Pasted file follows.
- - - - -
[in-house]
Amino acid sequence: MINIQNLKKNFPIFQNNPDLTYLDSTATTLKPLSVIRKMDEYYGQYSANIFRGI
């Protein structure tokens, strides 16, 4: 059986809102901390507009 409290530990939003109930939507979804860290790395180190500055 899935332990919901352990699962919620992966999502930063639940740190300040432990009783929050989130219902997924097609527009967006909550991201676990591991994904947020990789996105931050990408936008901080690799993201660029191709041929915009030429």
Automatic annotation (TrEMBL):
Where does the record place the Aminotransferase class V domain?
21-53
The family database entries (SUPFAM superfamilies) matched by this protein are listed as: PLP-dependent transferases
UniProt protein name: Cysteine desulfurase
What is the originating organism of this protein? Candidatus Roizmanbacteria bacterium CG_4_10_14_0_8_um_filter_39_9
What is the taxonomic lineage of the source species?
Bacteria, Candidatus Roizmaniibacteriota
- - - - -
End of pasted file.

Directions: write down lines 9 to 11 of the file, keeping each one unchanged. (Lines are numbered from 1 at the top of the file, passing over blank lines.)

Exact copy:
What is the originating organism of this protein? Candidatus Roizmanbacteria bacterium CG_4_10_14_0_8_um_filter_39_9
What is the taxonomic lineage of the source species?
Bacteria, Candidatus Roizmaniibacteriota